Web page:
Illustration description: The Zoroastrians considered the lotus flower sacred because it grew in the middle of a swamp, and they believed that an unsuitable living environment could not be a reason for human beings to grow up inadequately. The lotus lithograph engraved in Persepolis indicates the importance of this flower to the Iranians. In Eastern culture, the lotus flower is a symbol of purity since its path to flourishing is similar to cultivation, starting in the darkness of the swamp, trying to gain a goal, which is reaching the sunlight, until the moment it reaches the water surface. If a person follows the principles of truth, benevolence, and patience, he shall grow like a lotus. The petals of the lotus symbolize the different levels of abandonment of human dependence to achieve higher realms of cultivation.
Transmutation of Peace
Designed and Produced by Craftland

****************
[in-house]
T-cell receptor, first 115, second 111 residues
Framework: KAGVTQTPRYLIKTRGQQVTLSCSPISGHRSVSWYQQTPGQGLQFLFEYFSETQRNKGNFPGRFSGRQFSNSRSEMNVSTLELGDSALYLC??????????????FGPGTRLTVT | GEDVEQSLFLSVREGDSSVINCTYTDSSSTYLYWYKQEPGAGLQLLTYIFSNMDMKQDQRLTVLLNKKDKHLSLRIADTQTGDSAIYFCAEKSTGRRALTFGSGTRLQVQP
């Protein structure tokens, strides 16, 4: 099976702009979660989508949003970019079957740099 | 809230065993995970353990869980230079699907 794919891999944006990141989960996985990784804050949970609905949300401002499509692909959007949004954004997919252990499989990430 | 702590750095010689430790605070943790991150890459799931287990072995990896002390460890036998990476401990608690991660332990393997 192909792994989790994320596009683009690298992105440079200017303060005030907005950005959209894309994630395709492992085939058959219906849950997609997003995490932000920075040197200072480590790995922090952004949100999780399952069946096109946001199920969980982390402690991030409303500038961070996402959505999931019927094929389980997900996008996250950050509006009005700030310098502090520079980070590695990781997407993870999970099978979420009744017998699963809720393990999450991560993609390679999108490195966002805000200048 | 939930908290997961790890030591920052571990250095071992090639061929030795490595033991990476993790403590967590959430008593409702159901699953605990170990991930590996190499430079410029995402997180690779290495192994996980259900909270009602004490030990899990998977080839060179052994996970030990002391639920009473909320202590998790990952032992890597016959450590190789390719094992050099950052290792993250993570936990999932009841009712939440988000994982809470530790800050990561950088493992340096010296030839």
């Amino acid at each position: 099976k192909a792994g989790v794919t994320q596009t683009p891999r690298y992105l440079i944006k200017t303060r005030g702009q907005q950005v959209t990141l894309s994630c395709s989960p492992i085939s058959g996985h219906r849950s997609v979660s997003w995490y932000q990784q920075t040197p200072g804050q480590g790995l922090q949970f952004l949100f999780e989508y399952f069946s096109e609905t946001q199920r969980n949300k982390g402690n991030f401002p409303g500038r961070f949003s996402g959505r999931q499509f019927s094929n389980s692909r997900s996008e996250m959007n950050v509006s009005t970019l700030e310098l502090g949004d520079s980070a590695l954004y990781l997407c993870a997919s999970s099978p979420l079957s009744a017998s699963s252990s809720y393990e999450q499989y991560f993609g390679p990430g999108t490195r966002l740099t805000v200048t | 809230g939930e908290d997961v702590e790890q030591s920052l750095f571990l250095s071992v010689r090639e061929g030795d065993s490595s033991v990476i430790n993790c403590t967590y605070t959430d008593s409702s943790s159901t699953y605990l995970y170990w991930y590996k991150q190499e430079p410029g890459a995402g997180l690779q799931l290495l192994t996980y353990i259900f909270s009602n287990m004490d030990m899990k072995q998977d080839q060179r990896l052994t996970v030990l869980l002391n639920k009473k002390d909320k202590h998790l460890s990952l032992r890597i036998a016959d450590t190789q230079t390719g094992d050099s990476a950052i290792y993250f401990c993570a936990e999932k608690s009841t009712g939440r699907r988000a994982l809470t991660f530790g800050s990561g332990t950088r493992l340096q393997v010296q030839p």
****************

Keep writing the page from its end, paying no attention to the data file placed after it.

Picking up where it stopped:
One of our common concerns during our art studies was handicrafts and sustainable design. Therefore, we have tried to practice in line with this approach in various projects. In this issue, we have decided to address these common concerns in the form of a product design. We mapped the different meanings and shapes of the color blue and came across a world of concepts. From these concepts, we chose " water and inner peace". The reason behind our choice is the common concern for peace and water resources overuse around the world. Without water, life for all species is at stake. We started to develop ideas in this path. Our Professor Arash Shojaei supported us with his valuable guidance. Since each material conveys a different meaning, we chose glass as the primary medium because of its fluidity, clarity, and resemblance to water. To better understand the concept of peace, we availed the support of master Hayas Hosseini. One of the most fundamental types of peace is the inner peace within a family, which deals with the peace inside the nuclear family; therefore, the family was added as another keyword to our principal concepts. Once more, we came up with ideas and redesigned our product. Master Hayas also tested several different types of glass based on our design, and in the end, various forms were created. The technique used to make this product is called Lampworking. Eventually, a collection named "Transmutation of Peace'' was created. In this collection, the transmutation of blue water drops into an iconic dove of peace is witnessed. In ancient Greek mythology, the dove symbolizes love and rebirth, and in ancient Japan, the dove carrying a sword symbolized the end of the war. The branch of the olive tree in the dove’s mouth is also another symbol of these concepts. We have tried to depict the family as a concept comprising four members (father, mother, daughter, and son); at each phase, all members complement one another and serve a general notion. Each member might be at a different phase simultaneously on a trajectory in line with the overall objectives of the whole. Our glass bird with an olive branch is a message of harmony from Craftland to the world. We hope to take a small but effective step in the direction of peace and harmony as global concerns.